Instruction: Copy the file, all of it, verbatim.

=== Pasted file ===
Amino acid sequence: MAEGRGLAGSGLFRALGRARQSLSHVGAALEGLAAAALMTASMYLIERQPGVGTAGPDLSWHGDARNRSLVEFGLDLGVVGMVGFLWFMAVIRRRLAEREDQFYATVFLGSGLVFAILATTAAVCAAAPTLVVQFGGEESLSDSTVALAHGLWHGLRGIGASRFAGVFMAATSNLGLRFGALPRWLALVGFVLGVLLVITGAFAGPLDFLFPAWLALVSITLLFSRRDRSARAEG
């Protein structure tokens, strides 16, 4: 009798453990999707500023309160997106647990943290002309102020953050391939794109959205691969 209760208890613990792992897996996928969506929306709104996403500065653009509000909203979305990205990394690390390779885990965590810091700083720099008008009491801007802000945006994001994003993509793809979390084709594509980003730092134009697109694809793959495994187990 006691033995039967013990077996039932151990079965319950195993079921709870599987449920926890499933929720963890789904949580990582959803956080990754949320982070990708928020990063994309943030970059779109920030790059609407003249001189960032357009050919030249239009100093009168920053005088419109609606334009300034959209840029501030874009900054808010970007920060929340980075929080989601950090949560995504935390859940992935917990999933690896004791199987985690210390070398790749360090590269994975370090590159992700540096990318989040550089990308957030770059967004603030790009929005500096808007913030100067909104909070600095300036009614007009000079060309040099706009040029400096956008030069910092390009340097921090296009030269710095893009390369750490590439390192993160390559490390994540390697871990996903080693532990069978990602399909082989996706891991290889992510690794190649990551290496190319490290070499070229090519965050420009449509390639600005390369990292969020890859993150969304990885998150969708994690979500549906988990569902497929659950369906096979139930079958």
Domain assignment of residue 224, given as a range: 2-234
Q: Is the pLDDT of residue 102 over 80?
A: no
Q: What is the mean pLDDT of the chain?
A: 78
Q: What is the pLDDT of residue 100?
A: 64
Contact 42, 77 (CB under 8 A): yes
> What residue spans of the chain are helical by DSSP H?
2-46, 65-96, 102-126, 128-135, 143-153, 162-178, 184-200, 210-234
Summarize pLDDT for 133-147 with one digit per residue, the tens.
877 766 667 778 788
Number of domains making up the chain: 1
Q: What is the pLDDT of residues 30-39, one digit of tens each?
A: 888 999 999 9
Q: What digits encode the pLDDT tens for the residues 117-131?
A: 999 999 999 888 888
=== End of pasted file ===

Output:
Amino acid sequence: MAEGRGLAGSGLFRALGRARQSLSHVGAALEGLAAAALMTASMYLIERQPGVGTAGPDLSWHGDARNRSLVEFGLDLGVVGMVGFLWFMAVIRRRLAEREDQFYATVFLGSGLVFAILATTAAVCAAAPTLVVQFGGEESLSDSTVALAHGLWHGLRGIGASRFAGVFMAATSNLGLRFGALPRWLALVGFVLGVLLVITGAFAGPLDFLFPAWLALVSITLLFSRRDRSARAEG
């Protein structure tokens, strides 16, 4: 009798453990999707500023309160997106647990943290002309102020953050391939794109959205691969 209760208890613990792992897996996928969506929306709104996403500065653009509000909203979305990205990394690390390779885990965590810091700083720099008008009491801007802000945006994001994003993509793809979390084709594509980003730092134009697109694809793959495994187990 006691033995039967013990077996039932151990079965319950195993079921709870599987449920926890499933929720963890789904949580990582959803956080990754949320982070990708928020990063994309943030970059779109920030790059609407003249001189960032357009050919030249239009100093009168920053005088419109609606334009300034959209840029501030874009900054808010970007920060929340980075929080989601950090949560995504935390859940992935917990999933690896004791199987985690210390070398790749360090590269994975370090590159992700540096990318989040550089990308957030770059967004603030790009929005500096808007913030100067909104909070600095300036009614007009000079060309040099706009040029400096956008030069910092390009340097921090296009030269710095893009390369750490590439390192993160390559490390994540390697871990996903080693532990069978990602399909082989996706891991290889992510690794190649990551290496190319490290070499070229090519965050420009449509390639600005390369990292969020890859993150969304990885998150969708994690979500549906988990569902497929659950369906096979139930079958």
Domain assignment of residue 224, given as a range: 2-234
Q: Is the pLDDT of residue 102 over 80?
A: no
Q: What is the mean pLDDT of the chain?
A: 78
Q: What is the pLDDT of residue 100?
A: 64
Contact 42, 77 (CB under 8 A): yes
> What residue spans of the chain are helical by DSSP H?
2-46, 65-96, 102-126, 128-135, 143-153, 162-178, 184-200, 210-234
Summarize pLDDT for 133-147 with one digit per residue, the tens.
877 766 667 778 788
Number of domains making up the chain: 1
Q: What is the pLDDT of residues 30-39, one digit of tens each?
A: 888 999 999 9
Q: What digits encode the pLDDT tens for the residues 117-131?
A: 999 999 999 888 888